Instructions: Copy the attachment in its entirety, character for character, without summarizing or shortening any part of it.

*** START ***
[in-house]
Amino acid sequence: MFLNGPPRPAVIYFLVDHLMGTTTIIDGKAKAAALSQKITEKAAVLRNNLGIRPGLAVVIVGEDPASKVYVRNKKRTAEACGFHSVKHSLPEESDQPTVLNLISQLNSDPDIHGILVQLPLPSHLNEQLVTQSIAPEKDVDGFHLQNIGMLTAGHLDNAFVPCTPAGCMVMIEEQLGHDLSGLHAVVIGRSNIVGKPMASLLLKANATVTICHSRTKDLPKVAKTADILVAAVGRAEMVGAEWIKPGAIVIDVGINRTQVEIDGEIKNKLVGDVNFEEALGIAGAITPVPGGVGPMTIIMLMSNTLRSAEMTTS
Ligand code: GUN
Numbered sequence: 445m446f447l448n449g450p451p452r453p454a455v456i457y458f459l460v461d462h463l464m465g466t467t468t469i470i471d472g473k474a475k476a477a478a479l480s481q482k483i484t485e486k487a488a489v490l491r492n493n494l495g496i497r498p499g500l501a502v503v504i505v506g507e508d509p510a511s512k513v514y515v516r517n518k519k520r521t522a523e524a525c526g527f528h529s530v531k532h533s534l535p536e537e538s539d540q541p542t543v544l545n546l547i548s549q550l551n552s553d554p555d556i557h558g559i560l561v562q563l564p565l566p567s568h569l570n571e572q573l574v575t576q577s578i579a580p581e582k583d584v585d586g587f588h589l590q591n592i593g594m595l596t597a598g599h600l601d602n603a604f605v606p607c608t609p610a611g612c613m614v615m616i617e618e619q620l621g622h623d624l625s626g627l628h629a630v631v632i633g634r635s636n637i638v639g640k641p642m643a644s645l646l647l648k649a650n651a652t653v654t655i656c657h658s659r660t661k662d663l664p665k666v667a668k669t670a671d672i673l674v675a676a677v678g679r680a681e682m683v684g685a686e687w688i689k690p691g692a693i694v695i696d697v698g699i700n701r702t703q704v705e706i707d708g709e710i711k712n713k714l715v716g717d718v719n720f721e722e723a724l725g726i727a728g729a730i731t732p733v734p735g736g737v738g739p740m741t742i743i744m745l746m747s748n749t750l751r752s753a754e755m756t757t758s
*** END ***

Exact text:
[in-house]
Amino acid sequence: MFLNGPPRPAVIYFLVDHLMGTTTIIDGKAKAAALSQKITEKAAVLRNNLGIRPGLAVVIVGEDPASKVYVRNKKRTAEACGFHSVKHSLPEESDQPTVLNLISQLNSDPDIHGILVQLPLPSHLNEQLVTQSIAPEKDVDGFHLQNIGMLTAGHLDNAFVPCTPAGCMVMIEEQLGHDLSGLHAVVIGRSNIVGKPMASLLLKANATVTICHSRTKDLPKVAKTADILVAAVGRAEMVGAEWIKPGAIVIDVGINRTQVEIDGEIKNKLVGDVNFEEALGIAGAITPVPGGVGPMTIIMLMSNTLRSAEMTTS
Ligand code: GUN
Numbered sequence: 445m446f447l448n449g450p451p452r453p454a455v456i457y458f459l460v461d462h463l464m465g466t467t468t469i470i471d472g473k474a475k476a477a478a479l480s481q482k483i484t485e486k487a488a489v490l491r492n493n494l495g496i497r498p499g500l501a502v503v504i505v506g507e508d509p510a511s512k513v514y515v516r517n518k519k520r521t522a523e524a525c526g527f528h529s530v531k532h533s534l535p536e537e538s539d540q541p542t543v544l545n546l547i548s549q550l551n552s553d554p555d556i557h558g559i560l561v562q563l564p565l566p567s568h569l570n571e572q573l574v575t576q577s578i579a580p581e582k583d584v585d586g587f588h589l590q591n592i593g594m595l596t597a598g599h600l601d602n603a604f605v606p607c608t609p610a611g612c613m614v615m616i617e618e619q620l621g622h623d624l625s626g627l628h629a630v631v632i633g634r635s636n637i638v639g640k641p642m643a644s645l646l647l648k649a650n651a652t653v654t655i656c657h658s659r660t661k662d663l664p665k666v667a668k669t670a671d672i673l674v675a676a677v678g679r680a681e682m683v684g685a686e687w688i689k690p691g692a693i694v695i696d697v698g699i700n701r702t703q704v705e706i707d708g709e710i711k712n713k714l715v716g717d718v719n720f721e722e723a724l725g726i727a728g729a730i731t732p733v734p735g736g737v738g739p740m741t742i743i744m745l746m747s748n749t750l751r752s753a754e755m756t757t758s